Fri, Jan 20, 2006 - Page 8 News List

Professional attitude will help to solve Taiwan's ills

By Hsu Yu-fang 許又方

A local automobile commercial says: "We focus on perfection, almost to the point of excess." In the era of globalization, which is characterized by extremely fierce competition, the people of Taiwan still lack this kind of spirt. As a result, the nation often plays second fiddle to others, specializing in the manufacture of equipment for other companies, rather than producing its own branded products. This also applies to baseball, show business and almost all other fields.

Recently, some teams in the Chinese Professional Baseball League (CPBL) have brought in rules to prevent players fooling around in the media, because they were concerned about their image and focus. Baseball star Chen Chin-feng (陳金峰) always wears a poker face whenever he is on the field. As a result of this, he has been criticized by the local media for being arrogant. Nevertheless, in the US and Japan, where baseball is quite popular, most baseball stars also wear a poker face during practice and games. They remain deadly serious not because they think they are big shots, but because they put themselves into the game wholeheartedly, focusing on any field changes.

Certainly one should concentrate while doing work. However, looking at Taiwan's baseball league, we can see players who take off their uniforms and fool around with their teammates during games while others shout at their rivals crazily. How can they play well during games when they waste their energy like this? For talented players who do not concentrate and practice self discipline, it is almost impossible to perform well.

The Taiwanese people love to blame our global inferiority on insufficient capital. But in my opinion, money is a minor problem. The real problem lies in the lack of our insistence on perfection, as people are often not completely focused on what they do.

Take automobiles made in Taiwan for instance. It has been about 40 years since Taiwan launched its automobile industry, but locally-manufactured cars are still unreliable and inferior to those from Eastern Europe.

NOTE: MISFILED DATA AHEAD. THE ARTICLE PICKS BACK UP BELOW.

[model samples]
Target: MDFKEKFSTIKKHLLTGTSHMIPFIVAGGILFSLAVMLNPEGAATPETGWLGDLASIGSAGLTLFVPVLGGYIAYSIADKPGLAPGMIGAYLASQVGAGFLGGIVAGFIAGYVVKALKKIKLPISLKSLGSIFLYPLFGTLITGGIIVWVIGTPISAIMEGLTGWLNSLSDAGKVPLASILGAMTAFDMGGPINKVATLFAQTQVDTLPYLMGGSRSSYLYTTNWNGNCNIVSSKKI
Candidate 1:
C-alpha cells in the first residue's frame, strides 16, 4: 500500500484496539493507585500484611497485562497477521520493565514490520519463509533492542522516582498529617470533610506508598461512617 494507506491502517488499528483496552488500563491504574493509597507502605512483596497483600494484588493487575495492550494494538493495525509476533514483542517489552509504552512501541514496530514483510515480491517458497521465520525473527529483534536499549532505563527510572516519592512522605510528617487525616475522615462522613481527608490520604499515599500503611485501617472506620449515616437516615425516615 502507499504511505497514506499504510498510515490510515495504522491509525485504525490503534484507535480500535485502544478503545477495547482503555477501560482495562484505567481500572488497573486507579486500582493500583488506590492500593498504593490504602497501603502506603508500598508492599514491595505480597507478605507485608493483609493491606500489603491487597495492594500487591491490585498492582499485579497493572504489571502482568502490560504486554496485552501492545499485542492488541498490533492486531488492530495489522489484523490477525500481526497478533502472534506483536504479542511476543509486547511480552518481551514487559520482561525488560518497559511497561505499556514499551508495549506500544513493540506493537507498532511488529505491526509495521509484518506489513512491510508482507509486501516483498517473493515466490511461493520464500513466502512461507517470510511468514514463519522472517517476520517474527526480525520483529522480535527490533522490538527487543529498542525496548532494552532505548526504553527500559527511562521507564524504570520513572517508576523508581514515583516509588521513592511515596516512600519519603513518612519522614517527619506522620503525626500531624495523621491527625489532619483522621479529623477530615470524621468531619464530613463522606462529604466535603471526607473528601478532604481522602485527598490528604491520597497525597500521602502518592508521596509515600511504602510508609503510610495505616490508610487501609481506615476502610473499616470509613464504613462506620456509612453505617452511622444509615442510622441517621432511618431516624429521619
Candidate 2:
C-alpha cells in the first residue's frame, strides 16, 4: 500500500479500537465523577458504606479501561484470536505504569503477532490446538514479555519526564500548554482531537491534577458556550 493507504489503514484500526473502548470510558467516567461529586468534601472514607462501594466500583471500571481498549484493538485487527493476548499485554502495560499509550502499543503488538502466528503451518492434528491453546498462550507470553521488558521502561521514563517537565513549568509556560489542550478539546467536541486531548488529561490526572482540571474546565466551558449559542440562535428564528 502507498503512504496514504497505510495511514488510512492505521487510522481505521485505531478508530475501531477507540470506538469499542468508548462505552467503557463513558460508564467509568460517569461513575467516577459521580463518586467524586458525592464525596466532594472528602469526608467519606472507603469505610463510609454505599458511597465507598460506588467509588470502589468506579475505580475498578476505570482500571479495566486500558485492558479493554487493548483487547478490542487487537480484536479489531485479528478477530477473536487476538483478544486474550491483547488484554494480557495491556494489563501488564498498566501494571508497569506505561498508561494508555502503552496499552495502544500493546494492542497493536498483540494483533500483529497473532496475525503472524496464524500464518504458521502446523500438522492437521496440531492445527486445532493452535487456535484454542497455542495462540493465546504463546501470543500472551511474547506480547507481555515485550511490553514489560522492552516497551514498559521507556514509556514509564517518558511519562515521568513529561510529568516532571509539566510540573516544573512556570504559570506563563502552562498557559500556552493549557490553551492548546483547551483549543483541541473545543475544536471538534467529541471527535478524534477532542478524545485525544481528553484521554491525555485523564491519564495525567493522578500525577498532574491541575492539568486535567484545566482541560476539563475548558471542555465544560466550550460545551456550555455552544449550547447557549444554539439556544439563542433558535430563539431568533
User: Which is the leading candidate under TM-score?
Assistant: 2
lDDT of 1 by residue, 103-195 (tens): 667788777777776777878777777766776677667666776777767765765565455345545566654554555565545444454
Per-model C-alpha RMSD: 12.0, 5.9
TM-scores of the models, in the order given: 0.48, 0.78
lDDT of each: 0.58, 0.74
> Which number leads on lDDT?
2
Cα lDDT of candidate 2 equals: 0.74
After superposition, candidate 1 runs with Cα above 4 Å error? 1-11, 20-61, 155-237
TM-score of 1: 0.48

Loose attitudes have brought countless risks to Taiwan's society over the years and wasted huge amounts of manpower and money. Whenever I see workers paving roads, fixing houses, installing machines, or performing other tasks that are related to public safety, I always think of the high quality performance that I see overseas. And I always ask myself: Why is the quality here so poor?

Recently, the government made every effort to complete the construction of the Taipei-Ilan Freeway before the Lunar New Year holiday, despite the fact that even the basic electronic equipment is not yet functioning. Whereas the Japanese may spend a whole afternoon just to fix a small hole on a path. Perhaps this almost excessive focus is the characteristic that puts them among the world's leading nations.

When compared with the Japanese spirit, should Taiwanese people not be ashamed? Maybe Japan will lose its advantage someday. But with respect for professionalism, it can easily make a comeback. If we cannot learn from Japan's spirit, we will never reach such high standards, no matter what encouragement and money is offered.

In early January, the La New Bears of the CPBL officially recruited Chen on a NT$30 million (almost US$1 million) contract. I believe that the Bears can learn from his world-class performance and professionalism that helps him to focus on what he does. This is priceless for the team and also for its sponsor.

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